Development of a Scintillation Web Detector for Real-Time
Radioisotope Imaging of 32P Uptake in the Root Systems of Plants
Student: Anthony Llodra
School: Florida International University
Mentored By: Drew Weisenberger, Brian Kross, Carl Zorn and Seung Joon Lee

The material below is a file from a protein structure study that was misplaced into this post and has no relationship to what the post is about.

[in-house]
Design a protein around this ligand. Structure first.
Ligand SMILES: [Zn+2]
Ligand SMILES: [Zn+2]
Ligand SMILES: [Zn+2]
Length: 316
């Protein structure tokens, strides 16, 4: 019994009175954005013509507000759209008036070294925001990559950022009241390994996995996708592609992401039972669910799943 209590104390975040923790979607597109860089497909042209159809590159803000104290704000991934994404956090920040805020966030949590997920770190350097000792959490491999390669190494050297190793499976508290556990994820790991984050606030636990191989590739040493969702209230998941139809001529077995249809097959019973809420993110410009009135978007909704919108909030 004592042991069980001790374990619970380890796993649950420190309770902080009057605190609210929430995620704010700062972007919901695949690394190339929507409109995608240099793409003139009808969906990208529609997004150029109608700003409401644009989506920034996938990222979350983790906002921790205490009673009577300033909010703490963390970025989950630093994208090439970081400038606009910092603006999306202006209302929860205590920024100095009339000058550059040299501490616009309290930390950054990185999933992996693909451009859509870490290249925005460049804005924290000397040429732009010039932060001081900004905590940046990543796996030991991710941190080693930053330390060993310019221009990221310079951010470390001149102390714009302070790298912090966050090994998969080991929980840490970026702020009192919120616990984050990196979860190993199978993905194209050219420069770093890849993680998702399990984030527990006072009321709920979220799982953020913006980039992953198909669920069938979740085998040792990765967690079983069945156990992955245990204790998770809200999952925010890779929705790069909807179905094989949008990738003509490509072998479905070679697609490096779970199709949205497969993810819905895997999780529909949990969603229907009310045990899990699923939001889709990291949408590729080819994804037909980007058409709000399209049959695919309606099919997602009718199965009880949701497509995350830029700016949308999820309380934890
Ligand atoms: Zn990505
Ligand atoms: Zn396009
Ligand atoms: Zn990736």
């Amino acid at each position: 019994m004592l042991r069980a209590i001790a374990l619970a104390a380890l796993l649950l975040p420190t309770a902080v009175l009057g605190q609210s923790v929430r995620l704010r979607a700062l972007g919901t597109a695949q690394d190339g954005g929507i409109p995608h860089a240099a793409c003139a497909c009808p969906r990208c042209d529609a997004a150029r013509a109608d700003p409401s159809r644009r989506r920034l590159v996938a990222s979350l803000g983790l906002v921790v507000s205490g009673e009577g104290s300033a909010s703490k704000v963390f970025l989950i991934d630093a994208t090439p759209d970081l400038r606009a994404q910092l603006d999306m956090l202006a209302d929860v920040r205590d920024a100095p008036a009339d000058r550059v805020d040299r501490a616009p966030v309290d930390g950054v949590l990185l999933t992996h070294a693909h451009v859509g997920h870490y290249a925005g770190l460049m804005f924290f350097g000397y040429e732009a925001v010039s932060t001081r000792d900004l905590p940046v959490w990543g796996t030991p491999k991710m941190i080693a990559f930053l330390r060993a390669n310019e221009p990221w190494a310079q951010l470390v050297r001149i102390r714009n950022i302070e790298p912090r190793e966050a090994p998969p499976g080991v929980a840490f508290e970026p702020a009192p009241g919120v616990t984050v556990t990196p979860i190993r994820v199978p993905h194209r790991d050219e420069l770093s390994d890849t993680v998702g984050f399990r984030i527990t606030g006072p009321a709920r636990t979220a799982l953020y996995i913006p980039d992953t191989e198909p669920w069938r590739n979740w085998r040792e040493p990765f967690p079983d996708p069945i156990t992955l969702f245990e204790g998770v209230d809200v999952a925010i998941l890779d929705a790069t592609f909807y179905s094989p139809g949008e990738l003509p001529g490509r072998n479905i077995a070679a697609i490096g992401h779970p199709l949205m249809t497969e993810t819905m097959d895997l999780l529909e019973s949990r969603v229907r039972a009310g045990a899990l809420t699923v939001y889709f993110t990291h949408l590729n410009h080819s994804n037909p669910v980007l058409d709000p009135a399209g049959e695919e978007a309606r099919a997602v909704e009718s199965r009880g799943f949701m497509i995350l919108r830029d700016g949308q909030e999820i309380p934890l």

Radioisotope imaging has provided useful information about physiological activities in various tissues and elemental transport between organs in the human body, and now, plants are becoming an area of interest. In plants, one of the radioisotopes of interest is 32P. A scintillation web detector was developed to be buried in growth cuvettes or underground, underneath a seed, to specifically image root uptake of 32P. The web design was specifically chosen to allow the roots to grow through the detector. The scintillation web detector consists of a grid array of 0.5mm wave shifting fibers where it's overlapping intersections consists of beads of Bicron-490 scintillator resin. The ends of the fibers are coupled to individual silicon photomultipliers (SiPM's) and the scintillation materials are all coated in an internally reflective protective paint. This imaging method will be minimally invasive and nondestructive to the plant itself while providing continuous data by applying multiple stacks of the web detector in a column array. At the moment, we are in the early stages of prototype development and the development of prototype #1 followed by characterization of the prototype with a 90Sr beta source, which has similar decay energy to 32P. Due to time constraints, the full characterization of prototype #1 may not be accomplished but the research that has been done was crucial for the development of the final detector. In conclusion, this detector itself has various other applications, such as radioisotope monitoring around tank farms that contain nuclear waste (Hanford site) or around nuclear power plants.